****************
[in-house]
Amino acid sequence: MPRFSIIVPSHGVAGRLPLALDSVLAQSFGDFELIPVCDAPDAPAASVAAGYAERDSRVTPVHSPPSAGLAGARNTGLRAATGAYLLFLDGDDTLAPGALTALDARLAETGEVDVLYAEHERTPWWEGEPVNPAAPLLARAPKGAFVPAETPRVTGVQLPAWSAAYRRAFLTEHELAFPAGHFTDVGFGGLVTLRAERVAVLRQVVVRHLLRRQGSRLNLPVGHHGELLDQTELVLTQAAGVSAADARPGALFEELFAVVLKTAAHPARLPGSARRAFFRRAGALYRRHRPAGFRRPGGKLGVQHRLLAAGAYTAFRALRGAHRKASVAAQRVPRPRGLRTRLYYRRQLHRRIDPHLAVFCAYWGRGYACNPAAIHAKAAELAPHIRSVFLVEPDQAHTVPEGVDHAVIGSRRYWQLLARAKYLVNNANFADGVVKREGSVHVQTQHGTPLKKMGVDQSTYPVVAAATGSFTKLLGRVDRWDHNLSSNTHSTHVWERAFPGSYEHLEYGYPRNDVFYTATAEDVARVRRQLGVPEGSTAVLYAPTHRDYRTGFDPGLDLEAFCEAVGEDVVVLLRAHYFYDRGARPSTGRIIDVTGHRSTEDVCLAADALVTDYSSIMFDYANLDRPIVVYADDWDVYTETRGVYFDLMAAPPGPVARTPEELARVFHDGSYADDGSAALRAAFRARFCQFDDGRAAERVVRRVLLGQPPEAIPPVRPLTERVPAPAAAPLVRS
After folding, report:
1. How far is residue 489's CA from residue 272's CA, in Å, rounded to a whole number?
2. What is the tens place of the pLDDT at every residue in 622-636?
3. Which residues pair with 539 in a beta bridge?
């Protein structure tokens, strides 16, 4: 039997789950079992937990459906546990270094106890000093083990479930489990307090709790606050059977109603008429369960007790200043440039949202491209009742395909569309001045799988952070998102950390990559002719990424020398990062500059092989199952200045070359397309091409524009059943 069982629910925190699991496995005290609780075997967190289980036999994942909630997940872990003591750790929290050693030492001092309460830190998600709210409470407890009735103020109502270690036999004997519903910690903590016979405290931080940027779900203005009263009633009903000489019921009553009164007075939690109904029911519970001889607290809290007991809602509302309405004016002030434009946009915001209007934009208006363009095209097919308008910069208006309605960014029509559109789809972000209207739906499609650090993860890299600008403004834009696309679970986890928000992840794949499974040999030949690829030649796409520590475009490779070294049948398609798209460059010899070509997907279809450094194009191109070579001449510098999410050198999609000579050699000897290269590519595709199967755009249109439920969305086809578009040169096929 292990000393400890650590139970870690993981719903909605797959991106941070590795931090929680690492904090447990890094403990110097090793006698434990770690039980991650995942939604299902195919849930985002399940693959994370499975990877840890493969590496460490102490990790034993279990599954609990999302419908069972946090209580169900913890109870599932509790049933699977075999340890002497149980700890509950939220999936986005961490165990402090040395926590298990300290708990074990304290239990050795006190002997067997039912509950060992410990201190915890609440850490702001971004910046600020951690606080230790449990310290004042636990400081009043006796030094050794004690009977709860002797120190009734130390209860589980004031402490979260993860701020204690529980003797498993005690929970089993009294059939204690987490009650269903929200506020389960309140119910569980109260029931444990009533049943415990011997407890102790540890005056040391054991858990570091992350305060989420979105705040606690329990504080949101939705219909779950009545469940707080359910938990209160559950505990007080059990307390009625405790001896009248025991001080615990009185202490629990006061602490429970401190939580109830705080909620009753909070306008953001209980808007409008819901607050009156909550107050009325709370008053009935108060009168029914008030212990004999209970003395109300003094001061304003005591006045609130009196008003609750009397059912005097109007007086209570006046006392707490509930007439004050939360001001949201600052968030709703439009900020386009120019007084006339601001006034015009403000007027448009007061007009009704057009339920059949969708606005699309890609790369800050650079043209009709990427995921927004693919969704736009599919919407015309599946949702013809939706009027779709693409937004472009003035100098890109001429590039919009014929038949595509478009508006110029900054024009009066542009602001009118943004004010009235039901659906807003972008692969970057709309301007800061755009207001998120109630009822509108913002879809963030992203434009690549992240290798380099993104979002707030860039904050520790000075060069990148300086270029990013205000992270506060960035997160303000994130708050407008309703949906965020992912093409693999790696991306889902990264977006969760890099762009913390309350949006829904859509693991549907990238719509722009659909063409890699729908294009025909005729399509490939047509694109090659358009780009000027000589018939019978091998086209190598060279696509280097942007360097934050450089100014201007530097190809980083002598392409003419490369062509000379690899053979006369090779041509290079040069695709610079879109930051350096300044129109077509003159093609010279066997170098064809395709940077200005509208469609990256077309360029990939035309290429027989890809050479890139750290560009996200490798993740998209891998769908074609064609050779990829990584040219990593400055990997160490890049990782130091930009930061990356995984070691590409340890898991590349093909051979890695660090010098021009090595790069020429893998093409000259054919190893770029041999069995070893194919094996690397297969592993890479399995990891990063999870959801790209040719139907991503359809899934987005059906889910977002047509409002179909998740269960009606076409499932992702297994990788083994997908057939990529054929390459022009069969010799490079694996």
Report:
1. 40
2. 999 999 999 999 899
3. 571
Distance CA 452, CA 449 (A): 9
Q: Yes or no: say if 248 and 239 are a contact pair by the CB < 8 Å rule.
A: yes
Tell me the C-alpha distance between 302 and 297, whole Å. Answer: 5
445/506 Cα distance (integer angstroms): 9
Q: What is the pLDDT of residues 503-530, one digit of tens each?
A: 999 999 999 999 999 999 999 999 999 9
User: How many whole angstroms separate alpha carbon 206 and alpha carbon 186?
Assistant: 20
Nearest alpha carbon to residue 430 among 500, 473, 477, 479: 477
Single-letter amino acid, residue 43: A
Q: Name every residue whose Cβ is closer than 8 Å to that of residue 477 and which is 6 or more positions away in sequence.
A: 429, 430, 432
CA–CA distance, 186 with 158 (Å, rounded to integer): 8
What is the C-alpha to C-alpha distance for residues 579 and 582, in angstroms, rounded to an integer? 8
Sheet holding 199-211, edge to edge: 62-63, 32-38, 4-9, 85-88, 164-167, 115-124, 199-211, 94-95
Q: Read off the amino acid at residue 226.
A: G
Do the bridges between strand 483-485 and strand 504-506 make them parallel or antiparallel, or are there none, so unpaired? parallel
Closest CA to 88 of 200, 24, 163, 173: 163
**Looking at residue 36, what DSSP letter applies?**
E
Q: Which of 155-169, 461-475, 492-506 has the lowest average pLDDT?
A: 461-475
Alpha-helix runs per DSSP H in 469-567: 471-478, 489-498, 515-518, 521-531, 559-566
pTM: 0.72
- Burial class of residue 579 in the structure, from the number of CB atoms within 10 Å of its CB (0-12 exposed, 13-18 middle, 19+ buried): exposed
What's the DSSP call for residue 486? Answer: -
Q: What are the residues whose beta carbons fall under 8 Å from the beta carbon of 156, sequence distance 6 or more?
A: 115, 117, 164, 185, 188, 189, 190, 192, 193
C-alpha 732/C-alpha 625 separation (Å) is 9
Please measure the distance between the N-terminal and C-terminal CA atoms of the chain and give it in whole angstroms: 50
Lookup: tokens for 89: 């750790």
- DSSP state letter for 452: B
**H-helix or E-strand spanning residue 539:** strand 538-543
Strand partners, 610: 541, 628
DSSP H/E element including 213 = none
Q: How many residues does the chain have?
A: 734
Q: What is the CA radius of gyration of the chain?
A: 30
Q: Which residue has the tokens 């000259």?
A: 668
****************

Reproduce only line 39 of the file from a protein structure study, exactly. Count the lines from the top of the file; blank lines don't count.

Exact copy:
What's the DSSP call for residue 486? Answer: -